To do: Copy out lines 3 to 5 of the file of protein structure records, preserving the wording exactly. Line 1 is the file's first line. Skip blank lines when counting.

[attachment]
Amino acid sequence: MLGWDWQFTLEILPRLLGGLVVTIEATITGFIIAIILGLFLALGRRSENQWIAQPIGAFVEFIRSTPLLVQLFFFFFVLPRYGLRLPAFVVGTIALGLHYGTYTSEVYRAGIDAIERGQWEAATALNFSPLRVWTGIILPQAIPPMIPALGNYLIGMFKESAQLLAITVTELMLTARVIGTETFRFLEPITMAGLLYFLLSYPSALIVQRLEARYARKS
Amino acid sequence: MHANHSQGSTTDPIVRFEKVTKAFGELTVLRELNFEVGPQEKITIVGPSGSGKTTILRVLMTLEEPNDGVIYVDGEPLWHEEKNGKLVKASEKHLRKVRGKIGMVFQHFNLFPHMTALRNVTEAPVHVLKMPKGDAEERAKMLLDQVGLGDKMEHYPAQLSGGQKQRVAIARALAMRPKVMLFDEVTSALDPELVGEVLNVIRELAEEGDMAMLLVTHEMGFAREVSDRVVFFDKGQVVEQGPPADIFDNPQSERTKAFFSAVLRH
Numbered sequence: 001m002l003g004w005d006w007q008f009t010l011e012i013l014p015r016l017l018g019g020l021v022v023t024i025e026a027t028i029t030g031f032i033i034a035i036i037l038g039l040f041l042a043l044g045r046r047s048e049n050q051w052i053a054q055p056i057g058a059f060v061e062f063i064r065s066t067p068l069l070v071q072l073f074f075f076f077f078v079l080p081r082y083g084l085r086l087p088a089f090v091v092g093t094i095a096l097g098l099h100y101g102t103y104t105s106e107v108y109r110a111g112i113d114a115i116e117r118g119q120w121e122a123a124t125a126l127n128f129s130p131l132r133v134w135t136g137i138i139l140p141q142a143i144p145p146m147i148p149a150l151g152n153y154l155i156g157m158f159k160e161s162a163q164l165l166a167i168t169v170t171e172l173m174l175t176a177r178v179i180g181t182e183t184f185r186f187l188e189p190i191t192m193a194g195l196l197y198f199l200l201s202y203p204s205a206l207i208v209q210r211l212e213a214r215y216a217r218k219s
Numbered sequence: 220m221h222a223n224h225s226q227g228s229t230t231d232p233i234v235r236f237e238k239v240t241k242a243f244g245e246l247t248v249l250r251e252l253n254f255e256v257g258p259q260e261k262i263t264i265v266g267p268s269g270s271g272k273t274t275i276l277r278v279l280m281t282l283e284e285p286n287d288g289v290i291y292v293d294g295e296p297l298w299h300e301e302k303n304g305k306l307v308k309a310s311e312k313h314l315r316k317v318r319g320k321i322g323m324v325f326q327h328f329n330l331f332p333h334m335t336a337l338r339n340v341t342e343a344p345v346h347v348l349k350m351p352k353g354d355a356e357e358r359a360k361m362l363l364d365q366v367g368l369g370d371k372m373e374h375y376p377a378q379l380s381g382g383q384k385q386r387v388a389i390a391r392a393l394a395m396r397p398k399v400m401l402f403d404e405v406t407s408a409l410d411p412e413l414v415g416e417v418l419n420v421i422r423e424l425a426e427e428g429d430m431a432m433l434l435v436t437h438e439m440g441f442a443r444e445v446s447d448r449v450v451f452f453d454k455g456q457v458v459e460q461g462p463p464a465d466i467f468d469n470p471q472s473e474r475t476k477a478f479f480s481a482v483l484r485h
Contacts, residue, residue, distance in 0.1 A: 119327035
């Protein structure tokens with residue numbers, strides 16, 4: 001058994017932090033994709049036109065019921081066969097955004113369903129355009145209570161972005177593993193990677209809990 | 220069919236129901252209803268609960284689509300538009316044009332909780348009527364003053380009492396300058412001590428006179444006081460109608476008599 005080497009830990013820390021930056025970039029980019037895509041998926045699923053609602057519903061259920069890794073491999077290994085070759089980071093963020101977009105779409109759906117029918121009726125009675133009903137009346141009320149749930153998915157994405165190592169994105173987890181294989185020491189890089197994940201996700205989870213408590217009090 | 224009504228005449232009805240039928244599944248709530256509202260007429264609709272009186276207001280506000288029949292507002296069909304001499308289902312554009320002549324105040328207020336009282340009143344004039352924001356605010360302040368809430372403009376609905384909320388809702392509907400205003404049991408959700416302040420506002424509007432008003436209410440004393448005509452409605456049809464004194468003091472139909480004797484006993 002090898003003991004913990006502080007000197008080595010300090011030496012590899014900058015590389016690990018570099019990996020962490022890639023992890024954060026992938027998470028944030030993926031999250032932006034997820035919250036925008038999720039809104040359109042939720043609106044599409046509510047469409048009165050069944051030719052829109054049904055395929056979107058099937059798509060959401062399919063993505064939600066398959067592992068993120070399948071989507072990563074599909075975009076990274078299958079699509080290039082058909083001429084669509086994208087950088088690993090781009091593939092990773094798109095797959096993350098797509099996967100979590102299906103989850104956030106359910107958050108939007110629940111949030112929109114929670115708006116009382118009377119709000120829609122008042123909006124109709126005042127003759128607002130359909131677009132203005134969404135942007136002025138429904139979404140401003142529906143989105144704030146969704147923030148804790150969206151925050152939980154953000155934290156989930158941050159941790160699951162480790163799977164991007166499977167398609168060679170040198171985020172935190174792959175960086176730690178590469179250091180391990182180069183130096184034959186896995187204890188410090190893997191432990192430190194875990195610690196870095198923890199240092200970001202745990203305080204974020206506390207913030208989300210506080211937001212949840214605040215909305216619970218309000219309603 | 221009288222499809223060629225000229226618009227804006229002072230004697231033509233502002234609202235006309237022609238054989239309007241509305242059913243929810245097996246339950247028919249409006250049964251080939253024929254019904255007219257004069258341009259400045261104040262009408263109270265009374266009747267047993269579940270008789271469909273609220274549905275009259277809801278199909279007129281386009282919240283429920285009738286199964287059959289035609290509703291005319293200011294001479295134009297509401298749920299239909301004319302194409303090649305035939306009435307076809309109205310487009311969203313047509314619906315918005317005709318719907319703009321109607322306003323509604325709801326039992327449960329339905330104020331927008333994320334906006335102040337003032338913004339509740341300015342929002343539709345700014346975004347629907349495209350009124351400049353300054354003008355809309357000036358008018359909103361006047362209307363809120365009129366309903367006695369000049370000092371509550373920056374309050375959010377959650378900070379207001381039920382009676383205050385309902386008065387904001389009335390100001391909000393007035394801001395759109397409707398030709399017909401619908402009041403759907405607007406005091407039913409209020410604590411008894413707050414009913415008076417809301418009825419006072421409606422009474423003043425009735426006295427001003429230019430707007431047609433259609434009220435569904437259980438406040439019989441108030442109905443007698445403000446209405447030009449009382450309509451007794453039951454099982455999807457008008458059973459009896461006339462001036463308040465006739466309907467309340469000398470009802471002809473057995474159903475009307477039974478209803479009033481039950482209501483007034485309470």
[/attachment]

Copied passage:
Numbered sequence: 001m002l003g004w005d006w007q008f009t010l011e012i013l014p015r016l017l018g019g020l021v022v023t024i025e026a027t028i029t030g031f032i033i034a035i036i037l038g039l040f041l042a043l044g045r046r047s048e049n050q051w052i053a054q055p056i057g058a059f060v061e062f063i064r065s066t067p068l069l070v071q072l073f074f075f076f077f078v079l080p081r082y083g084l085r086l087p088a089f090v091v092g093t094i095a096l097g098l099h100y101g102t103y104t105s106e107v108y109r110a111g112i113d114a115i116e117r118g119q120w121e122a123a124t125a126l127n128f129s130p131l132r133v134w135t136g137i138i139l140p141q142a143i144p145p146m147i148p149a150l151g152n153y154l155i156g157m158f159k160e161s162a163q164l165l166a167i168t169v170t171e172l173m174l175t176a177r178v179i180g181t182e183t184f185r186f187l188e189p190i191t192m193a194g195l196l197y198f199l200l201s202y203p204s205a206l207i208v209q210r211l212e213a214r215y216a217r218k219s
Numbered sequence: 220m221h222a223n224h225s226q227g228s229t230t231d232p233i234v235r236f237e238k239v240t241k242a243f244g245e246l247t248v249l250r251e252l253n254f255e256v257g258p259q260e261k262i263t264i265v266g267p268s269g270s271g272k273t274t275i276l277r278v279l280m281t282l283e284e285p286n287d288g289v290i291y292v293d294g295e296p297l298w299h300e301e302k303n304g305k306l307v308k309a310s311e312k313h314l315r316k317v318r319g320k321i322g323m324v325f326q327h328f329n330l331f332p333h334m335t336a337l338r339n340v341t342e343a344p345v346h347v348l349k350m351p352k353g354d355a356e357e358r359a360k361m362l363l364d365q366v367g368l369g370d371k372m373e374h375y376p377a378q379l380s381g382g383q384k385q386r387v388a389i390a391r392a393l394a395m396r397p398k399v400m401l402f403d404e405v406t407s408a409l410d411p412e413l414v415g416e417v418l419n420v421i422r423e424l425a426e427e428g429d430m431a432m433l434l435v436t437h438e439m440g441f442a443r444e445v446s447d448r449v450v451f452f453d454k455g456q457v458v459e460q461g462p463p464a465d466i467f468d469n470p471q472s473e474r475t476k477a478f479f480s481a482v483l484r485h
Contacts, residue, residue, distance in 0.1 A: 119327035